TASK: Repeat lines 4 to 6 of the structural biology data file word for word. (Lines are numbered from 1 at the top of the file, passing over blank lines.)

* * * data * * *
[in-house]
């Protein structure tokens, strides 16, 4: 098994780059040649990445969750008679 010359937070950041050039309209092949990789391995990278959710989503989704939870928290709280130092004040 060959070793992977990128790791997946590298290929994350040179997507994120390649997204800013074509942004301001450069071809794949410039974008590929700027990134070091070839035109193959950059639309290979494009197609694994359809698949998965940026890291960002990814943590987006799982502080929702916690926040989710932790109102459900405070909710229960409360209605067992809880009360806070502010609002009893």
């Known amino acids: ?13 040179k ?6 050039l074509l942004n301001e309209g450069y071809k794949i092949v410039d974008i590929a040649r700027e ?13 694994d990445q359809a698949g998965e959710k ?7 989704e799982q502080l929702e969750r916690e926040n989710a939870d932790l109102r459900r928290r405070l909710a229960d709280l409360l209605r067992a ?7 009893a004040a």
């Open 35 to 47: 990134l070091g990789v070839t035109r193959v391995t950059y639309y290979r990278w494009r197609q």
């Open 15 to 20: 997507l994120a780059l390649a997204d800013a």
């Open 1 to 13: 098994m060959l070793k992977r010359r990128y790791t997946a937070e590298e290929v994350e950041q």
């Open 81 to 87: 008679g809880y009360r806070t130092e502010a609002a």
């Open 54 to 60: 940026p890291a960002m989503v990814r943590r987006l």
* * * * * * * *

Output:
């Open 35 to 47: 990134l070091g990789v070839t035109r193959v391995t950059y639309y290979r990278w494009r197609q």
């Open 15 to 20: 997507l994120a780059l390649a997204d800013a």
């Open 1 to 13: 098994m060959l070793k992977r010359r990128y790791t997946a937070e590298e290929v994350e950041q």